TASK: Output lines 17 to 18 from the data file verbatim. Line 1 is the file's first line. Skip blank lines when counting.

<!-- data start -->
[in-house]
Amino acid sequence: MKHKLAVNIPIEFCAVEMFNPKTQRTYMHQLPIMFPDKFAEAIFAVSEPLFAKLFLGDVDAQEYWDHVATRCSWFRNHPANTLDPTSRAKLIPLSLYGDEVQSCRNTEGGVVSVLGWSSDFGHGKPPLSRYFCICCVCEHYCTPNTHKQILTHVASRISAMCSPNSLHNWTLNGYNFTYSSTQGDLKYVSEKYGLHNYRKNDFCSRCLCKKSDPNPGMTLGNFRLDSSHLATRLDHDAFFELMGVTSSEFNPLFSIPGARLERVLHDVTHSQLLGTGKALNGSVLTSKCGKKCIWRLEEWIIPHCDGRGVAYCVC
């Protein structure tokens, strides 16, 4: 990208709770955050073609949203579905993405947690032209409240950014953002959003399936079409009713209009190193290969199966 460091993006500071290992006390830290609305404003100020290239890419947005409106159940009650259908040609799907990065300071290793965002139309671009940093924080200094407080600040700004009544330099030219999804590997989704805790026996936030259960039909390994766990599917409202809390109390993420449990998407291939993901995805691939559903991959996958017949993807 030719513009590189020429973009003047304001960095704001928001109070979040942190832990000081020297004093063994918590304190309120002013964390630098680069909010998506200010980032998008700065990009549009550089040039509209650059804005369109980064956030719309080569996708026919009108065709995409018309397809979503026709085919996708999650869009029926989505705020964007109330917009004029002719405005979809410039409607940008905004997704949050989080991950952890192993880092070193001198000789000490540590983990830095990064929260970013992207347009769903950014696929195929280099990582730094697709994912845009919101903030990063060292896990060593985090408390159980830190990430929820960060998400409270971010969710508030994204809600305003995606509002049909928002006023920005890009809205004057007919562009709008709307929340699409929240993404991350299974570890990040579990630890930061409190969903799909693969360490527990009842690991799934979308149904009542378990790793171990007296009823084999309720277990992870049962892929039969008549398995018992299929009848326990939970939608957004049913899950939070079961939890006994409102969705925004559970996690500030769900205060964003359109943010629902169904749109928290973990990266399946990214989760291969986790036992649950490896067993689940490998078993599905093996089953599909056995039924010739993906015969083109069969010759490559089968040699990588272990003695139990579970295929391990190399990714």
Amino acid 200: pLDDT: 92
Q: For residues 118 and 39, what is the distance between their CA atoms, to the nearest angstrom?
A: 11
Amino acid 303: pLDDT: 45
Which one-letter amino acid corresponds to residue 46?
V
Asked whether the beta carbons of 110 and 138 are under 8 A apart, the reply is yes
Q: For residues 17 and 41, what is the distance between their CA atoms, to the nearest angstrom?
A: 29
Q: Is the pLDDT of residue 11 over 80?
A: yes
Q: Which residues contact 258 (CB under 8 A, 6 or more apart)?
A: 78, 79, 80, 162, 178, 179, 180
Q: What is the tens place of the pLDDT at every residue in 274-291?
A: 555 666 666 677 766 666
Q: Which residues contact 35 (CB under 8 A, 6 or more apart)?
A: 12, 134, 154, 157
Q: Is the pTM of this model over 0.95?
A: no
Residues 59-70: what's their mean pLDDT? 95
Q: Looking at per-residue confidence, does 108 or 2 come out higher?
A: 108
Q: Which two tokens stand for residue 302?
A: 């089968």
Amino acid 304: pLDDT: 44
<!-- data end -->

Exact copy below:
Q: What is the tens place of the pLDDT at every residue in 274-291?
A: 555 666 666 677 766 666